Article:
Over 60 dogs seized from suspected illegal Moray puppy farm

Joint operation between the Scottish SPCA, Moray Council and Police Scotland raids property housing dozens of dogs

-          Following the pregnancies of two of the 60 dogs rescued from a suspected Moray puppy farm, the Scottish SPCA are now caring for 78 dogs and puppies, many of which are showing signs of disease and infection

-          The animal welfare charity has launched an urgent appeal for Royal Canin puppy milk and cotton pads for the new animals under its care

-          The Scottish Government has urged the public not to buy puppies unless they have witnessed the animal with their mother and secured the correct paperwork from the seller

OVER 60 dogs, including dozens of puppies, have been rescued from a raid on a Moray property suspected of being an illegal puppy farm.

In a joint operation conducted by Police Scotland, Moray Council and the Scottish Society for the Protection of Animals (SPCA), the animals were taken into care after concerns were raised about their on-site welfare.

The dogs – which are now under the care of the Scottish SPCA’s dedicated animal care teams – initially numbered 60, but due to the fact that two of their number were pregnant at the time of the raid, the animal welfare charity is now looking after a total of 78.

Commenting, Scottish SPCA chief executive Kirsteen Campbell said: “Sadly, many of the dogs we’ve taken are showing signs of disease and infection consistent with intensive breeding.

“Our animal care and veterinary experts have been selflessly working around the clock to provide care for these poor animals since the raid.” Scottish SPCA chief executive Kirsteen Campbell

“Our animal care and veterinary experts have been selflessly working around the clock to provide care for these poor animals since the raid. Whilst it is an immense challenge, the main thing is these dogs are all receiving an amazing amount of love and care.”

Campbell continued: “It costs an average of £15 per day to care for a single dog, but money is no object so long as these dogs are now in a safe place. Many of these dogs need ongoing veterinary care and we are going through a lot of food and supplies for the puppies. Any support members of the public can provide is most welcome.

“We cannot comment further on the specific details of this case as it is a live investigation.”

Moray Council’s Trading Standards officers took action after becoming aware of several similar posts on Gumtree advertising puppies for sale. The local authority has emphasised the need for a multi-agency approach in circumstances such as these.

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The Moray raid follows the August conviction of Frank James, who was sentenced to nine months in prison after being found guilty of animal welfare offences committed while running what was believed to be Scotland’s biggest puppy farm, from which over 100 dogs, puppies, rabbits and ferrets were seized in November 2017.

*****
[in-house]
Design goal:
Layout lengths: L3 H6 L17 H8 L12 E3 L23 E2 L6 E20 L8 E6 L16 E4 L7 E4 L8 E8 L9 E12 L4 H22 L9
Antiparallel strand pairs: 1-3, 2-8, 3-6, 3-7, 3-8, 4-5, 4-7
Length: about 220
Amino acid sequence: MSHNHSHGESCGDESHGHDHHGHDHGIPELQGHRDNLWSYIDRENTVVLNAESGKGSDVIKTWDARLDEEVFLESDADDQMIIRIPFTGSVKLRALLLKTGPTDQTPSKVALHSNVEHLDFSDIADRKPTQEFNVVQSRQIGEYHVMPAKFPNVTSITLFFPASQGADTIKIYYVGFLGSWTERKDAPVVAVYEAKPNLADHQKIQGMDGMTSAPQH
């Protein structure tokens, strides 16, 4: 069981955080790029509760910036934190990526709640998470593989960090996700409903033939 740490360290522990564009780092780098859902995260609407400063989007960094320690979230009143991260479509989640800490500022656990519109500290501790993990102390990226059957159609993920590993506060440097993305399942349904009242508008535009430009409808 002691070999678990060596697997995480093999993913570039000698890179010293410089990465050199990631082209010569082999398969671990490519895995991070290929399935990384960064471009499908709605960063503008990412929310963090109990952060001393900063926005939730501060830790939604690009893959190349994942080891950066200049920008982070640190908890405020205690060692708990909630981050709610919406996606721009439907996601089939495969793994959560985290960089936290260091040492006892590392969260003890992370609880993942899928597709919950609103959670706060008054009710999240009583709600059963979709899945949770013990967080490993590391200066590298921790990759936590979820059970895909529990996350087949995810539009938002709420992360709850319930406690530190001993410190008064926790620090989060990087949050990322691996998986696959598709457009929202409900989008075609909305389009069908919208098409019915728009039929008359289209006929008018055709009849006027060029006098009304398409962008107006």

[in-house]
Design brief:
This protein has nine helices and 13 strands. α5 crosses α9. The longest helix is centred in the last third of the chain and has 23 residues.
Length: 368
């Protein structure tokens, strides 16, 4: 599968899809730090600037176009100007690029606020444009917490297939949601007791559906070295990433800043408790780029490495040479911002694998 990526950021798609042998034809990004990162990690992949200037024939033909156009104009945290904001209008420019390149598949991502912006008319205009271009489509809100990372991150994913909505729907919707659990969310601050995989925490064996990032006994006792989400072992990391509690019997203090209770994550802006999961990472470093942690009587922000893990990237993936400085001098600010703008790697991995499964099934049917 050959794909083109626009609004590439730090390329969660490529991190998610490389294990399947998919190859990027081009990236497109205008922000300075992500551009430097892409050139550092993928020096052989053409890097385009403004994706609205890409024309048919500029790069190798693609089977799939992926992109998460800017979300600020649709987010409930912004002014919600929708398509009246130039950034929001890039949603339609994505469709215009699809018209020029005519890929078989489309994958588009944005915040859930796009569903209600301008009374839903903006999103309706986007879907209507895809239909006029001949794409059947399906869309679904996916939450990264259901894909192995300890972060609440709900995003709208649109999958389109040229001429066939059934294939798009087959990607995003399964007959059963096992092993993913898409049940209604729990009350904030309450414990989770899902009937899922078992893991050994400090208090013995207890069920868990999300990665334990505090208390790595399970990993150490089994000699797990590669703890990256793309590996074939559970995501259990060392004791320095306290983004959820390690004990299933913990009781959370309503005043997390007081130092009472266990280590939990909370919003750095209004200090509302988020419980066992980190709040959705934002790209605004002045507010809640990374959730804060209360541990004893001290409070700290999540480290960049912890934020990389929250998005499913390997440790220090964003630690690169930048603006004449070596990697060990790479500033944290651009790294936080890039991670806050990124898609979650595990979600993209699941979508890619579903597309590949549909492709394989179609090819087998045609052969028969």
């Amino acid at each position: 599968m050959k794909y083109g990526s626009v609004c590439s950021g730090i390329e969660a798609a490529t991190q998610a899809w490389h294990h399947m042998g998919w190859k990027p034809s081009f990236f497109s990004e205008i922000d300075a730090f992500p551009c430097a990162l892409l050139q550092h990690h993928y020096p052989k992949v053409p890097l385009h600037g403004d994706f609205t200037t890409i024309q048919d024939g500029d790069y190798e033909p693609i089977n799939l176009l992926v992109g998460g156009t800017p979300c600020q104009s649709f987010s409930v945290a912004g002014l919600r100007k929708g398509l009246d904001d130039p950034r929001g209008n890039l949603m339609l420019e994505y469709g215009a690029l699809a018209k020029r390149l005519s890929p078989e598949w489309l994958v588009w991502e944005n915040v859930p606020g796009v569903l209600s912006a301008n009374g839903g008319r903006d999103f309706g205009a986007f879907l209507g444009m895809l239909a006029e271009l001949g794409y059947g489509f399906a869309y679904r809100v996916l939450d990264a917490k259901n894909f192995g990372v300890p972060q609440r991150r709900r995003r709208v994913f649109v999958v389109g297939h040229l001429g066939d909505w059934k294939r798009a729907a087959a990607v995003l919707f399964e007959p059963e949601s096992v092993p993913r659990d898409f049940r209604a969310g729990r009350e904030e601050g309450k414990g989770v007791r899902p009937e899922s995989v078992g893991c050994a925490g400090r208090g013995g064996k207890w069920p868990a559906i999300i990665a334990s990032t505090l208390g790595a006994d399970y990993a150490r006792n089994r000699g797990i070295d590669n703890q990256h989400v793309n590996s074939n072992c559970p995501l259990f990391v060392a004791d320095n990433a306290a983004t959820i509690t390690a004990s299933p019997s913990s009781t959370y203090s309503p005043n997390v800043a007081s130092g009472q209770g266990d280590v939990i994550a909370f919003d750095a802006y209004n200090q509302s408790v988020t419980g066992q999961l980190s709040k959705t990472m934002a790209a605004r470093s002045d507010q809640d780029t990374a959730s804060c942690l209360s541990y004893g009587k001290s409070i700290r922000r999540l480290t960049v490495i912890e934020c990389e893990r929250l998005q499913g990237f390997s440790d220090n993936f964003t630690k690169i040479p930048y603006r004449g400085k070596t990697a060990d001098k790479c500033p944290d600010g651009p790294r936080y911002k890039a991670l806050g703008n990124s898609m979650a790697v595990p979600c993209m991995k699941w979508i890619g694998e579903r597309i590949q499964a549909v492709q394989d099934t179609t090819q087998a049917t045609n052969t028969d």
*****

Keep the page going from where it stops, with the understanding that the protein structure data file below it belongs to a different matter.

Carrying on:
Earlier this year, the Scottish SPCA – which spearheads Operation Delphin, a multi-agency taskforce aimed at ending illegal puppy farming and trading – named the multimillion pound industry as one of the chief reasons the charity is busier than ever.

Speaking to CommonSpace in February, Kirsteen Campbell explained: “Our work to tackle the illegal puppy trade has led to increased awareness of this barbaric industry and offences against animals. The knock-on effect of this is more calls to our animal helpline and more incidents which our Special Investigations Unit and inspectorate have to attend.

“The expansion of our education programme, which is at the heart of our work, means more and more people are aware of responsible animal care too. We have made positive progress with the Scottish Government to amend legislation to allow us to rehome animals caught up in criminal proceedings more quickly and to increase maximum sentencing for animal abusers.”

In an effort to raise public awareness of the illegal puppy trade and the tactics employed by criminal breeders to deceive buyers, the Scottish Government launched the ‘Buy a Puppy Safely’ campaign last year. The campaign highlighted that one in four puppies bought online die before their fifth birthday, while one in three will experience sickness or die in their first year.

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Commenting in November 2018, rural affairs minister Mairi Gougeon said: "Illegal puppy farming only leads to misery - many suffer from congenital health problems or behavioural problems, causing distress to owners and leading to expensive vet bills that can cost thousands of pounds.

"We're working with animal welfare charities to raise awareness of the real consequences of buying illegally and highlighting how to spot the warning signs of an illegal dealer."

Gougeon has urged the public to make sure they see the puppy with its mother before purchasing the animal, and to get the correct paper work from the seller.

"If there's no mum and no paperwork, then walk away and report your concerns to the Scottish SPCA helpline."

To properly care for the animals in the Moray operation, the Scottish SPCA has launched an urgent public appeal for Royal Canin puppy milk and cotton pads needed for toileting and cleaning puppies. These can be purchased by anyone wishing to help from the charity’s Amazon wishlist; otherwise, supplies may be dropped off at the Scottish SPCA’s headquarters.

Picture courtesy of Scottish SPCA

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